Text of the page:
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http://dx.doi.org/10.1016/j.jpba.2007.01.042DOI Listing
June 2007

Metabolism of GTI-2040, a phosphorothioate oligonucleotide antisense, using ion-pair reversed phase high performance liquid chromatography (HPLC) coupled with electrospray ion-trap mass spectrometry.

AAPS J 2006 ;8(4):E743-55

Division of Pharmaceutics, College of Pharmacy, The Ohio State University, Columbus, OH 43210, USA.

GTI-2040 is a 20-mer phosphorothioate oligonucleotide, which is complementary to the messenger ribonucleic acid (mRNA) of the R2 subunit of ribonucleotide reductase. This study characterized both the in vivo and in vitro metabolism of GTI-2040. A highly specific ion-pair reversed-phase electrospray ionization (IP-RP-ESI) liquid chromatography-mass spectrometry (LC-MS) method was used for the identification of GTI-2040 and metabolites from a variety of biological samples including exonuclease enzyme solutions, plasma, urine, mouse liver/kidney homogenates, and human liver microsomes. Progressively chain-shortened metabolites truncated from the 3' terminal of GTI-2040 were detected in all of the evaluated biological samples. GTI-2040 was found to be a good substrate for 3' but not 5' exonuclease. While the pattern of n-1 chain-shortened 3'-exonucleolytic degradation was similar in the mouse liver and kidney homogenates, the latter was found to contain a larger number of shortenmers, the kidneys appeared to possess higher enzymatic reactivity toward GTI-2040. Thus, metabolism of GTI-2040 was found to occur in a variety of biological samples, mainly mediated by the 3' exonuclease.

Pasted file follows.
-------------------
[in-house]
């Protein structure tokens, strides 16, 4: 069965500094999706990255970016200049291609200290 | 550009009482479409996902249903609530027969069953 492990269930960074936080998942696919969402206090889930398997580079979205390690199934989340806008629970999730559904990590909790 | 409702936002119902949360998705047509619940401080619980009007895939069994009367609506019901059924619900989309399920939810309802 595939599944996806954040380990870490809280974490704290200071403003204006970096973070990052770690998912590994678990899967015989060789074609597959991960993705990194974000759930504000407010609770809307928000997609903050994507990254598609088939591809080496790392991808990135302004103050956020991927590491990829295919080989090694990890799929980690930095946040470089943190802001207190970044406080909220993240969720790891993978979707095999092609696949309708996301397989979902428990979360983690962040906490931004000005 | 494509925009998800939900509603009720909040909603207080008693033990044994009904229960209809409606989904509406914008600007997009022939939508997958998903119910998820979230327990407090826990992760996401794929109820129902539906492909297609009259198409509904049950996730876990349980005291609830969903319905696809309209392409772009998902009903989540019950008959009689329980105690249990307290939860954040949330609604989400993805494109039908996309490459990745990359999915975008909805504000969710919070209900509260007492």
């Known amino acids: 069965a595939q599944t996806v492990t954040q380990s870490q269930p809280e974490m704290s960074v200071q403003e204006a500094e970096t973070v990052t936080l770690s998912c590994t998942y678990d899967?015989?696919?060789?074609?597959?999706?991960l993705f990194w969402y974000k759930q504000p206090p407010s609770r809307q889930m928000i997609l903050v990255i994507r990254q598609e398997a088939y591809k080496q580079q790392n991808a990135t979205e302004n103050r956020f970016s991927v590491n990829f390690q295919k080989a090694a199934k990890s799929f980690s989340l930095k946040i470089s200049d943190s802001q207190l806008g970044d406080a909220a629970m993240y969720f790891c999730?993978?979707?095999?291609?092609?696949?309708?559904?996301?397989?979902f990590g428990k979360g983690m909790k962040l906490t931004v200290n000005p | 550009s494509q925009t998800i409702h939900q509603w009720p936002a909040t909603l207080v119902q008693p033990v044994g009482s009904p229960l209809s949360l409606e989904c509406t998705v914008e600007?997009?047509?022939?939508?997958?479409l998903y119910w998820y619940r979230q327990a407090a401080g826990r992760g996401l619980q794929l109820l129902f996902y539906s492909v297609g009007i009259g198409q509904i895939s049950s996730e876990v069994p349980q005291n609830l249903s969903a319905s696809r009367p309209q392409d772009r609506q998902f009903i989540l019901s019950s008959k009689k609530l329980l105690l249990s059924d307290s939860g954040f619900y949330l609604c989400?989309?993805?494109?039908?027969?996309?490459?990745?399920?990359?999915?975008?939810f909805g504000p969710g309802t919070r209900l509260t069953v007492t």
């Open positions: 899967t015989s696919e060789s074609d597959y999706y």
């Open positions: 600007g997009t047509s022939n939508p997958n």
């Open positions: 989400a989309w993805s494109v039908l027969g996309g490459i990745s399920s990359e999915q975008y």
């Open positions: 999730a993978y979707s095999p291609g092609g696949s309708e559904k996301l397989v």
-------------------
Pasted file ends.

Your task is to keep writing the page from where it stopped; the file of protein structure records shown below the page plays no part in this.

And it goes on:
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http://www.ncbi.nlm.nih.gov/pmc/articles/PMC2751371PMC
http://dx.doi.org/10.1208/aapsj080484DOI Listing
March 2007

A specific picomolar hybridization-based ELISA assay for the determination of phosphorothioate oligonucleotides in plasma and cellular matrices.

Pharm Res 2006 Jun 25;23(6):1251-64. Epub 2006 May 25.

Division of Pharmaceutics, College of Pharmacy, The Ohio State University, Columbus, Ohio 43210, USA.

Purpose: To develop and validate an ultrasensitive and specific hybridization-based enzyme-linked immunosorbent assay method for quantification of two phosphorothioate oligonucleotides (PS ODNs) (G3139 and GTI-2040) in biological fluids.

Methods: This assay was based on hybridization of analytes to the biotin-labeled capture ODNs followed by ligation with digoxigenin-labeled detection ODN. The bound duplex was then detected by anti-digoxigenin-alkaline phosphatase using Attophos (Promega, Madison, WI, USA) as substrate. S1 nuclease and major factors such as the hybridization temperature, concentration of capture probe, and the use of detergent were evaluated toward assay sensitivity, selectivity, and accuracy.

Results: The method is selective to the parent drugs with minimal cross-reactivity (<6%) with 3'-end deletion oligomers for both G3139 and GTI-2040. A linear range of 0.05 to 10 nM (r2 > 0.99) was observed for GTI-2040 in a variety of biological matrices. For both G3139 and GTI-2040, the within-day precision and accuracy values were found to be <20% and 90-110%, respectively; the between-day precision and accuracy were determined to be <20% and 90-120%. Addition of S1 nuclease combined with washing step greatly improved the assay linearity and selectivity. The utility of this assay was demonstrated by simultaneous determination of GTI-2040 in plasma and its intracellular levels in treated acute myeloid leukemia patients.